Coaching – Encouragement Versus Praise

When someone does something well, a good coach jumps on the opportunity to praise them. Praise is a great motivator. But misplaced praise can demotivate.

Making people feel good about themselves in a vacuum doesn’t work. In my past, I fell into the habit of always praising people. It hurt their performance and our relationship.

The Results Vacuum

I praised style. I praised effort. I even praised people for good intentions. There is nothing wrong with praising these things when results follow. But, in the absence of results, the praise was unwarranted.

The Problem With Unwarranted Praise

This phenomenon of recognition without results is prevalent in our society. It starts in youth sports. Read: American Idol – Youth Sports and Self-Esteem

Now I see too many leaders in business doing the same thing. Praise comes without production. Some people believe this is what coaching is about. They believe praise is what will motivate people. I disagree.

When praise comes in the absence of production, we reinforce that results are secondary. Whatever a coach reinforces, the players will continue to produce.

Praise Versus Encouragement

Before anyone jumps on my comments and thinks I am advocating for an autocratic or tough love style, I want to be clear. There is a difference between praise and encouragement.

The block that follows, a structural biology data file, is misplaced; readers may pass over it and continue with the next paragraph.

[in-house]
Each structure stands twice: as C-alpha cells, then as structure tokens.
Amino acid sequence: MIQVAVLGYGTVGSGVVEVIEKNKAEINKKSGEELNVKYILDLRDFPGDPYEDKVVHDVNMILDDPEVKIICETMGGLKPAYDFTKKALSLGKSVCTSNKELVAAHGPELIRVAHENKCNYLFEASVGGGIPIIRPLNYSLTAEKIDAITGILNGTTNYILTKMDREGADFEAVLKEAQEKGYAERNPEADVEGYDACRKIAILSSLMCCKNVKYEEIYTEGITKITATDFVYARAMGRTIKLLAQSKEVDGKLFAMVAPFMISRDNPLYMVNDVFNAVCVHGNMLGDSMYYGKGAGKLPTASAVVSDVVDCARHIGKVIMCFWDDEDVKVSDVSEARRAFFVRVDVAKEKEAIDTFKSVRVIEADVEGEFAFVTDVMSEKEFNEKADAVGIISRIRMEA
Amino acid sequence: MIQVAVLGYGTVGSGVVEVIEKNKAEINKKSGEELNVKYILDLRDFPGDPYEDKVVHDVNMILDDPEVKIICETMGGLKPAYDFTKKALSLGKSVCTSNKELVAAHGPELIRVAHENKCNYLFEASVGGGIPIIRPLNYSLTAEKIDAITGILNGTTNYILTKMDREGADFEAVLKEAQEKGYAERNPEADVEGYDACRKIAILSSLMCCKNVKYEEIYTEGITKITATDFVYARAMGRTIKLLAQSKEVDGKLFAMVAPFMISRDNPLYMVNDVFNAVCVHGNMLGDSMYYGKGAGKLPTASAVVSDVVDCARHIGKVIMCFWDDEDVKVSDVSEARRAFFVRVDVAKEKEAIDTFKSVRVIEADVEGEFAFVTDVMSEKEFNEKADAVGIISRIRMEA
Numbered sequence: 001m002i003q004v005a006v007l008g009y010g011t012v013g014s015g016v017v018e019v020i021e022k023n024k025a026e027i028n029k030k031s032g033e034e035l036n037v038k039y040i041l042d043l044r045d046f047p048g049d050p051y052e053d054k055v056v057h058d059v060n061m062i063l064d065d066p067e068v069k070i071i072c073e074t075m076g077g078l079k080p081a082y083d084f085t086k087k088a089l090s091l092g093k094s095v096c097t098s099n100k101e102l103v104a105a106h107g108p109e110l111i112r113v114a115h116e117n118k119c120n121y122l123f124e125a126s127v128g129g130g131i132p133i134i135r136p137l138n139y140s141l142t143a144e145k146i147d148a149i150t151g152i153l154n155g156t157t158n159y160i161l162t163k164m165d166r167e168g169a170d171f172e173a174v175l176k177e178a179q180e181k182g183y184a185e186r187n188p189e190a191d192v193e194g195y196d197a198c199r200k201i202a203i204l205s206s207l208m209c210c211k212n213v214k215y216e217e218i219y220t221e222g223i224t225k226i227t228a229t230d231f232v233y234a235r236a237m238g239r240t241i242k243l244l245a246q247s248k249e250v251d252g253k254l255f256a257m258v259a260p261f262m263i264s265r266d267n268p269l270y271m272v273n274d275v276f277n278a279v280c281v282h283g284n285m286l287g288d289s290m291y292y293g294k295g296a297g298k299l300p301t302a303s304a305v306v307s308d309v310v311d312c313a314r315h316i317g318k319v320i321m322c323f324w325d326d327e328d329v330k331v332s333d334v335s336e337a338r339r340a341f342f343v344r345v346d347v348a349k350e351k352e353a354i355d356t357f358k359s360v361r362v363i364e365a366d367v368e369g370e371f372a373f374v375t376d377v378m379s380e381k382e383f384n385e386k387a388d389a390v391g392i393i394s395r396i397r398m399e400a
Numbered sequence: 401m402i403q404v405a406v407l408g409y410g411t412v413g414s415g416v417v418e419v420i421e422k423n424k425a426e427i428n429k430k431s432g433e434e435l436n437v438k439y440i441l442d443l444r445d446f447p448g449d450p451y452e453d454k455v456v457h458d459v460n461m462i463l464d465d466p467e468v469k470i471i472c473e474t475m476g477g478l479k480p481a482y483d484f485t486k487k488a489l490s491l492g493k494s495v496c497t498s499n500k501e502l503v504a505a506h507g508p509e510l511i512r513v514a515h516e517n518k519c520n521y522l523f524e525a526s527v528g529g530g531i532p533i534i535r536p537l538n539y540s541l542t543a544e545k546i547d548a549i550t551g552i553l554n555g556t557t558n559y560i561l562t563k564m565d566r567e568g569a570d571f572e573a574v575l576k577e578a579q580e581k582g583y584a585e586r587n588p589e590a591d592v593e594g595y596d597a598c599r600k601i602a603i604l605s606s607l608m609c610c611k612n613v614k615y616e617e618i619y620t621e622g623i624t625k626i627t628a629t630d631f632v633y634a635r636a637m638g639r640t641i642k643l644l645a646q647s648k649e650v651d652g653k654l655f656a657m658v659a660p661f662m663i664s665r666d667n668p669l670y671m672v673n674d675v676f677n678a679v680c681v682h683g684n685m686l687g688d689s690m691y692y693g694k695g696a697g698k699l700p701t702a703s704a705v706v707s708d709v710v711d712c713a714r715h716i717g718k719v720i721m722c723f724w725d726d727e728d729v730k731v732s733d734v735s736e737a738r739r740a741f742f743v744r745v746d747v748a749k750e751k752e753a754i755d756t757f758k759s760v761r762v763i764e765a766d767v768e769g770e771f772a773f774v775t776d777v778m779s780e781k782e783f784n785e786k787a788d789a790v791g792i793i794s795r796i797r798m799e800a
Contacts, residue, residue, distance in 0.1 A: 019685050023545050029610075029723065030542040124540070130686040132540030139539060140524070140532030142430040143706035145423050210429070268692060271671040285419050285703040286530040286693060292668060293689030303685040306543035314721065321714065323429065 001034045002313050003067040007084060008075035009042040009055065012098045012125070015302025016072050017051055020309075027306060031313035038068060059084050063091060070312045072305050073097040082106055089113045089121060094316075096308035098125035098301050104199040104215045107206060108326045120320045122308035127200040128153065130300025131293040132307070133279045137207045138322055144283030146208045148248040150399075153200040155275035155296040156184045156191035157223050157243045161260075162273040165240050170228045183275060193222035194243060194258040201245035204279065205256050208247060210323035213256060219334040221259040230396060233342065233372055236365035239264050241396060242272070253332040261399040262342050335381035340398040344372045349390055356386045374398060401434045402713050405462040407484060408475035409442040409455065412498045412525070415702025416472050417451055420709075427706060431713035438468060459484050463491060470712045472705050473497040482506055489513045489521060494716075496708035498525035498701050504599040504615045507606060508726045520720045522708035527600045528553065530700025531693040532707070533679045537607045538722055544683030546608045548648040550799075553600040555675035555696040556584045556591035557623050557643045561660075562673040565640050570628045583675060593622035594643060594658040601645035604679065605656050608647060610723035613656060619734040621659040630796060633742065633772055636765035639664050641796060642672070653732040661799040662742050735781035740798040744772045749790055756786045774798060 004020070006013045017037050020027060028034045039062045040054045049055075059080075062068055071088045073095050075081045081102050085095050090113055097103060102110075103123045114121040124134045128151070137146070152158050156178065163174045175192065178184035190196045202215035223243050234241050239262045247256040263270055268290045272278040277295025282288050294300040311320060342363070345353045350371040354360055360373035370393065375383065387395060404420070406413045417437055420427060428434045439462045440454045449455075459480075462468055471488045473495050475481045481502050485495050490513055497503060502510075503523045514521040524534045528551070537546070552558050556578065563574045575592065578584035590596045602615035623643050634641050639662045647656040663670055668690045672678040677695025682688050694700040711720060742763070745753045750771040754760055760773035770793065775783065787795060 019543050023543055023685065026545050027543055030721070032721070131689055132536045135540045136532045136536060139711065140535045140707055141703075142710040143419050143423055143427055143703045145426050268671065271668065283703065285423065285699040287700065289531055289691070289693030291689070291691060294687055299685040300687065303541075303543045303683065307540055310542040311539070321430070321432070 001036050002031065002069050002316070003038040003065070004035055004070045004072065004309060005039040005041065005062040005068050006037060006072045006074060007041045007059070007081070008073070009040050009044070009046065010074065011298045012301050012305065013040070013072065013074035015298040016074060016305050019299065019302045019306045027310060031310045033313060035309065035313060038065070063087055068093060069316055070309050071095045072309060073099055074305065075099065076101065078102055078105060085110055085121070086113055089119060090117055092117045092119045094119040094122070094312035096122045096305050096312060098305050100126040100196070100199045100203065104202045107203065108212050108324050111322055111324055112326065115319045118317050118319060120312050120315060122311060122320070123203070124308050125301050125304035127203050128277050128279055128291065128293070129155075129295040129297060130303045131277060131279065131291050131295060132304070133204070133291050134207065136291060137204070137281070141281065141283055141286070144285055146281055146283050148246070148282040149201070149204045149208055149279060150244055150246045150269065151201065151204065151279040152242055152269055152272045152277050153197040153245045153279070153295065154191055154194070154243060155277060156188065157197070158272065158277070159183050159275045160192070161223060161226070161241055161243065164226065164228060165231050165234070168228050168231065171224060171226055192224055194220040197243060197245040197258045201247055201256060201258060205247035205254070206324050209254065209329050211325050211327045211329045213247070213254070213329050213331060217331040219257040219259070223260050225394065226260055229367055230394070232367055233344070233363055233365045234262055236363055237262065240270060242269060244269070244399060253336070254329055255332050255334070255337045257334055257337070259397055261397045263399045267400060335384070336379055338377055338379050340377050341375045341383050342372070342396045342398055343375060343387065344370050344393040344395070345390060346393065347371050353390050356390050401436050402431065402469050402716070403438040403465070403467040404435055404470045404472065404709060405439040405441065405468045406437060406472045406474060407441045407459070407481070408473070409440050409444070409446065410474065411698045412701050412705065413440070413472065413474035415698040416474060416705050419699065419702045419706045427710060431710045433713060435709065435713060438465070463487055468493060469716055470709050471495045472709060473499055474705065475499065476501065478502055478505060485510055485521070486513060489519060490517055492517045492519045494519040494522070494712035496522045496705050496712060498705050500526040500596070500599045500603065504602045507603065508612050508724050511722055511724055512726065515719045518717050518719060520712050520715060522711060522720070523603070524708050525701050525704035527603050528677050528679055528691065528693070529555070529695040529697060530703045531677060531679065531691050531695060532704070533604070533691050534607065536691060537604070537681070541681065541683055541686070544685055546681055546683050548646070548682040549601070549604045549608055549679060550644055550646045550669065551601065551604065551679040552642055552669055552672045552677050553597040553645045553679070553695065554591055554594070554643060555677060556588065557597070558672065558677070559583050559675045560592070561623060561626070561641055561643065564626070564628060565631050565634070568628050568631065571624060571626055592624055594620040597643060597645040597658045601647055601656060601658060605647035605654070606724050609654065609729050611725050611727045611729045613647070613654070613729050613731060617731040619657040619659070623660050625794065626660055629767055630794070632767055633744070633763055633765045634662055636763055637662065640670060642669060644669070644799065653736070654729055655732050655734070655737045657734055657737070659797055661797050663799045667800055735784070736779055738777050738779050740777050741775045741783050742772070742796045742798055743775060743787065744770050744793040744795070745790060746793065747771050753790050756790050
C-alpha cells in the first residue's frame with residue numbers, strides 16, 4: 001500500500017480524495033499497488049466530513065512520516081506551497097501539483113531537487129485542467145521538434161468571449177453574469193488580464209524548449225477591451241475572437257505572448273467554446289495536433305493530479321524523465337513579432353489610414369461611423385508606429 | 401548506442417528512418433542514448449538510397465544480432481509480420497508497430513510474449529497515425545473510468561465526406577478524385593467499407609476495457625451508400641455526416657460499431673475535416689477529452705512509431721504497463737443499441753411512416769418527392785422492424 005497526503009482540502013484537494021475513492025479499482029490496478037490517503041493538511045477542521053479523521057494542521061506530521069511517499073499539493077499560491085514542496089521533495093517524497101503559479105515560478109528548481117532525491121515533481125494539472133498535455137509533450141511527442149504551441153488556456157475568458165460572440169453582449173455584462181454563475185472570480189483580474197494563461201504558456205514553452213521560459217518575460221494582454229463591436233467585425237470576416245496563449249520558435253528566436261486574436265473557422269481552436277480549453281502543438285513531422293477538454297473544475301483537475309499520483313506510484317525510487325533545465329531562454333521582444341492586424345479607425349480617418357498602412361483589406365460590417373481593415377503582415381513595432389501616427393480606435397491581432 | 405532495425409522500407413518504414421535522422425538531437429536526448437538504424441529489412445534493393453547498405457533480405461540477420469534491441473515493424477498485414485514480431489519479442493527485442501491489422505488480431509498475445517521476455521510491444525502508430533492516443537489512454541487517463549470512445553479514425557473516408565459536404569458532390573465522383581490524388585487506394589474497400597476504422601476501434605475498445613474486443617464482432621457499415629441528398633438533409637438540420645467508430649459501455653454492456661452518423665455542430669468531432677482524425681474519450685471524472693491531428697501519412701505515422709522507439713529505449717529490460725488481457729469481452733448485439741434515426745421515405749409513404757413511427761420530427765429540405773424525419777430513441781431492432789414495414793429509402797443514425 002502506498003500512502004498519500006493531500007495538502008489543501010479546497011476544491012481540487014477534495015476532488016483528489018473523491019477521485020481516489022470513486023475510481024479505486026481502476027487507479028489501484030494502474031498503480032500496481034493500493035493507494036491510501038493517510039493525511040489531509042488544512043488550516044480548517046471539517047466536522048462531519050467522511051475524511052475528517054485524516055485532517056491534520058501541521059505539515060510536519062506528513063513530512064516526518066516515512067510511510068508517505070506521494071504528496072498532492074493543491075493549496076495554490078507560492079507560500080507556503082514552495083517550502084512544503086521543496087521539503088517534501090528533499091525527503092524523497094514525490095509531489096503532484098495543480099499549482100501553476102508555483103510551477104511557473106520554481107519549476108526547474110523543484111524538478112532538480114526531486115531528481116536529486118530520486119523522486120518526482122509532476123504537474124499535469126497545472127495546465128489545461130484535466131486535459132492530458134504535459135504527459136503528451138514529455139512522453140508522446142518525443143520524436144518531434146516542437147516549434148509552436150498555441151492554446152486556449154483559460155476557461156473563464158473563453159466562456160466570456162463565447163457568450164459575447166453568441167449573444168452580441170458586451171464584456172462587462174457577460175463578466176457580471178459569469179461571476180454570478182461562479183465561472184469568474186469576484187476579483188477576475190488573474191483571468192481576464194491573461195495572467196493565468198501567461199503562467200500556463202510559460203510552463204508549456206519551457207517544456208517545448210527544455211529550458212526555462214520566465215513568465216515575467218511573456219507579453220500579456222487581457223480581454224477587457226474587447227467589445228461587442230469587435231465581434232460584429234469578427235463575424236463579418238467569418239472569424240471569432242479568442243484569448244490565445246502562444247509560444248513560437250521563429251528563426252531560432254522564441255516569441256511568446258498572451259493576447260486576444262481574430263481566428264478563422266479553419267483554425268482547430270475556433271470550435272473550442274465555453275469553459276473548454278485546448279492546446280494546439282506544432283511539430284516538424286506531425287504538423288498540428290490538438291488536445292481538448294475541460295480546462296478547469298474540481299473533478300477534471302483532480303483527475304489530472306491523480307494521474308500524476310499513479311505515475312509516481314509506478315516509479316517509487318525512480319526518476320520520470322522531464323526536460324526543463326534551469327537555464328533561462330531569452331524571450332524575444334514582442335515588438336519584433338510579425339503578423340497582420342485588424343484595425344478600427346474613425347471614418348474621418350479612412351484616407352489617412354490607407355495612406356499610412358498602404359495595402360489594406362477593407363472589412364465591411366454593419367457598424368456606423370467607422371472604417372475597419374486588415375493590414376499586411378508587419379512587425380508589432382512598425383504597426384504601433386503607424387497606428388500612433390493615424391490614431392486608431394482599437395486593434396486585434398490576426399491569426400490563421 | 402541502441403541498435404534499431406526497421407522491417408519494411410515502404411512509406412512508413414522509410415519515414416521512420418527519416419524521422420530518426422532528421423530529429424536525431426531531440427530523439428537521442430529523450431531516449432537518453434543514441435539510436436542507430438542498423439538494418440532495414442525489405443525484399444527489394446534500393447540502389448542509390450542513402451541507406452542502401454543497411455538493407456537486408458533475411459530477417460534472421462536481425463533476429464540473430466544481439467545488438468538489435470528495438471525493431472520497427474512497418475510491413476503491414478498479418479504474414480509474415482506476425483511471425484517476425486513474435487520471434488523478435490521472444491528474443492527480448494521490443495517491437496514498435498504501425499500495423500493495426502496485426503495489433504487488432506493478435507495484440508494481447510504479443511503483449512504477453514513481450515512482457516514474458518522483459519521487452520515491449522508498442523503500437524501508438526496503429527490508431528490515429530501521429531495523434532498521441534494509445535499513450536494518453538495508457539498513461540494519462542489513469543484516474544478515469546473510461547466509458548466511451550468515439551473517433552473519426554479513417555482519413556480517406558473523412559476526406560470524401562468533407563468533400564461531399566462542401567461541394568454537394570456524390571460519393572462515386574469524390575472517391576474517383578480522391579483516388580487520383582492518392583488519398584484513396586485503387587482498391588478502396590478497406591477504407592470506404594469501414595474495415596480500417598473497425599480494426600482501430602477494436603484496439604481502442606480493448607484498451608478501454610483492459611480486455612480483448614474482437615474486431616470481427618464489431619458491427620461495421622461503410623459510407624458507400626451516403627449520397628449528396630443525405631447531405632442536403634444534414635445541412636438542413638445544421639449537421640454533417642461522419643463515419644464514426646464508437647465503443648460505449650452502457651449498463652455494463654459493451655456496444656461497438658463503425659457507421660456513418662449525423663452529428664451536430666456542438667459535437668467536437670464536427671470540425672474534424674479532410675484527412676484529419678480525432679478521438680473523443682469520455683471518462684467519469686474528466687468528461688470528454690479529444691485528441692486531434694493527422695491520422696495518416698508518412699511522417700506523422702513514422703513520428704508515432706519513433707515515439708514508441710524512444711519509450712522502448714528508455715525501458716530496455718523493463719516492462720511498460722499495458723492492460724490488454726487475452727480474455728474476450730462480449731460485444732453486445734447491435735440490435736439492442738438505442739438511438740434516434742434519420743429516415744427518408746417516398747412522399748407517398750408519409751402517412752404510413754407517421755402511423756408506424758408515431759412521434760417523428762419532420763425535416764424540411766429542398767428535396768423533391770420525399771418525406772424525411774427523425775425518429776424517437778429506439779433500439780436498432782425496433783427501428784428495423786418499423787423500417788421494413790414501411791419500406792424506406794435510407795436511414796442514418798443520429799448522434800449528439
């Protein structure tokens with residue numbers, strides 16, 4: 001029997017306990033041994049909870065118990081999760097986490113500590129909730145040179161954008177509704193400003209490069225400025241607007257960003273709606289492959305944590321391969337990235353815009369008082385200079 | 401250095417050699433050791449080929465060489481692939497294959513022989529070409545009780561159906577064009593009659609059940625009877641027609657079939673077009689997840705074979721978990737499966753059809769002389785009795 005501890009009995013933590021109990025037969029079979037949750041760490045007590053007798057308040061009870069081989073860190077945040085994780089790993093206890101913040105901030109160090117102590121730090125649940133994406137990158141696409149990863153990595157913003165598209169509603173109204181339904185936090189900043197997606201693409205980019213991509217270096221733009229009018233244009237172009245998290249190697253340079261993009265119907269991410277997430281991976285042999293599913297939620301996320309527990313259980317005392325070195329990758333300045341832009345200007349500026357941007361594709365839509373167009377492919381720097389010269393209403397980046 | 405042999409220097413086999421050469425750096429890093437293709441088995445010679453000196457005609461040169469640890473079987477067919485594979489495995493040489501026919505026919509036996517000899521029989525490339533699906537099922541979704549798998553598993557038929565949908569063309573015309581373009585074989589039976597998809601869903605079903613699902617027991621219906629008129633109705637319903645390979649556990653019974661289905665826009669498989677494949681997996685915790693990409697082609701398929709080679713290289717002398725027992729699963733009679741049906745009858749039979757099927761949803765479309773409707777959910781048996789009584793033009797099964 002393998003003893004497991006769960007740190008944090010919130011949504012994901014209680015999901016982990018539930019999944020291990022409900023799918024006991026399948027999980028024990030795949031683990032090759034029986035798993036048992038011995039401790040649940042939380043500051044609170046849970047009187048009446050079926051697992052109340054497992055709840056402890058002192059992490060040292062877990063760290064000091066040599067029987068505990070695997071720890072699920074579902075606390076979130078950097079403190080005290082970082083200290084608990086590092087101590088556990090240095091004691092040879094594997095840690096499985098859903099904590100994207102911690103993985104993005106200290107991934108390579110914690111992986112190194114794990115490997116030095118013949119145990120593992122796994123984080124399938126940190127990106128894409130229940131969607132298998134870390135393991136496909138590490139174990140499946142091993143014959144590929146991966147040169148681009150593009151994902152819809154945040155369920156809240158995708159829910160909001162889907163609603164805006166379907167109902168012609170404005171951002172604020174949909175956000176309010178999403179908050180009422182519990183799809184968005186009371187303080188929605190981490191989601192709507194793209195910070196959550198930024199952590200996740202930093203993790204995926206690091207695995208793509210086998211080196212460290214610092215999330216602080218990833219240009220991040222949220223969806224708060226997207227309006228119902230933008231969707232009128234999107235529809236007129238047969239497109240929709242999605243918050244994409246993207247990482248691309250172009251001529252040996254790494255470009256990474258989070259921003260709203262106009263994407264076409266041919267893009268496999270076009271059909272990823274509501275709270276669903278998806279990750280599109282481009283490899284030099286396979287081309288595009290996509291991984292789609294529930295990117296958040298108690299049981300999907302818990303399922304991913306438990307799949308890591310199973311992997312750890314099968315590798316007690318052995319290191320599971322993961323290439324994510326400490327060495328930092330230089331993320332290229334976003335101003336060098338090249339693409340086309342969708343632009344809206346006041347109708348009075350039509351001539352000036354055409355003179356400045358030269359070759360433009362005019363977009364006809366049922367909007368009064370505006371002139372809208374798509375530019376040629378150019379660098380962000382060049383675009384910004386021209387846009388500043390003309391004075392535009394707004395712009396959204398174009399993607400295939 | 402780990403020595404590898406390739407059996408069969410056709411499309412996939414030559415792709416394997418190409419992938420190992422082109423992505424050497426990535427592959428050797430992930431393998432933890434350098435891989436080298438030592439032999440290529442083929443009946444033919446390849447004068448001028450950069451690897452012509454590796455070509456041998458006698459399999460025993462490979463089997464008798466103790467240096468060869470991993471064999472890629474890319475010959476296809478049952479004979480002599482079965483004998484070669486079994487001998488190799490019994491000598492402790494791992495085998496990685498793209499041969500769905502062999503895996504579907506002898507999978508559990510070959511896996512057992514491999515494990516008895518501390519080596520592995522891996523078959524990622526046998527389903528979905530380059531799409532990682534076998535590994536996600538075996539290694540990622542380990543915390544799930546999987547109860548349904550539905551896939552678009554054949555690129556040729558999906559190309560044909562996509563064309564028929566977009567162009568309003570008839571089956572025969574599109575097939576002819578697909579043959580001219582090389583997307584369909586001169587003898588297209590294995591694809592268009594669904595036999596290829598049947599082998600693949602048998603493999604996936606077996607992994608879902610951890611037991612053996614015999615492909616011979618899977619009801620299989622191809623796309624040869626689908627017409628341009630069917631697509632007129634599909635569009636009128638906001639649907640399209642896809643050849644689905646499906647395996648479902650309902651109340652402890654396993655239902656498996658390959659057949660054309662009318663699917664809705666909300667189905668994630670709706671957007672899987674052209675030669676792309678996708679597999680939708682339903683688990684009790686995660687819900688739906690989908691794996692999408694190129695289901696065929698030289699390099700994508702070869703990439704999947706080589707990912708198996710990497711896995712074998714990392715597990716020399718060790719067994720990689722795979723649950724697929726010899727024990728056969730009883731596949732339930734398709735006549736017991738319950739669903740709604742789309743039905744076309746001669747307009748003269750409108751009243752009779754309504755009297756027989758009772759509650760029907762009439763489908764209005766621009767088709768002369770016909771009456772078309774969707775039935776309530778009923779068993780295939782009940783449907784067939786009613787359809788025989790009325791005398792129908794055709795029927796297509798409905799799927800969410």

Results come before praise.

Encouragement comes before results.

Praise synonyms:  celebrate, exalt, acclaim, commend

Encouragement synonyms:  boost, motivation, spur, stimulus

Praise comes after the fact.  Encouragement comes before.

A Coach’s Job

A coach’s job is to have impact. A coach is only needed if the people she coaches are getting better. If her team is stuck, and players are not improving, she is not doing her job.

Praising people who are not producing results is not coaching. Encouraging those same people is. Prior to the results being realized encouragement focuses on potential, past successes, joint problem solving and other supportive behaviors.

The best thing to do for a person who is struggling is to be candid and tell them the truth about their poor performance: “You are not cutting it right now.”

The encouragement comes when the coach enters into problem-solving mode to help the low performer reaches his goals: “Let’s come up with a plan to change that.”

Until there are results to be praised, encouragement should be the coach’s primary tool. After the employee reaches his milestones the coach should shift to praising.

The Bottom Line:

Coaches need to be careful not to confuse praise and encouragement. A coach can encourage a person lacking in results to new heights. But rarely can that same person be praised to new heights.

On the other hand, a consistent performer who receives praise will likely want more. Praise, praise, and praise again in this case….as long as the results continue to be evident.

Question:

When have you seen people settle for lower performance because they are already receiving praise for being mediocre?

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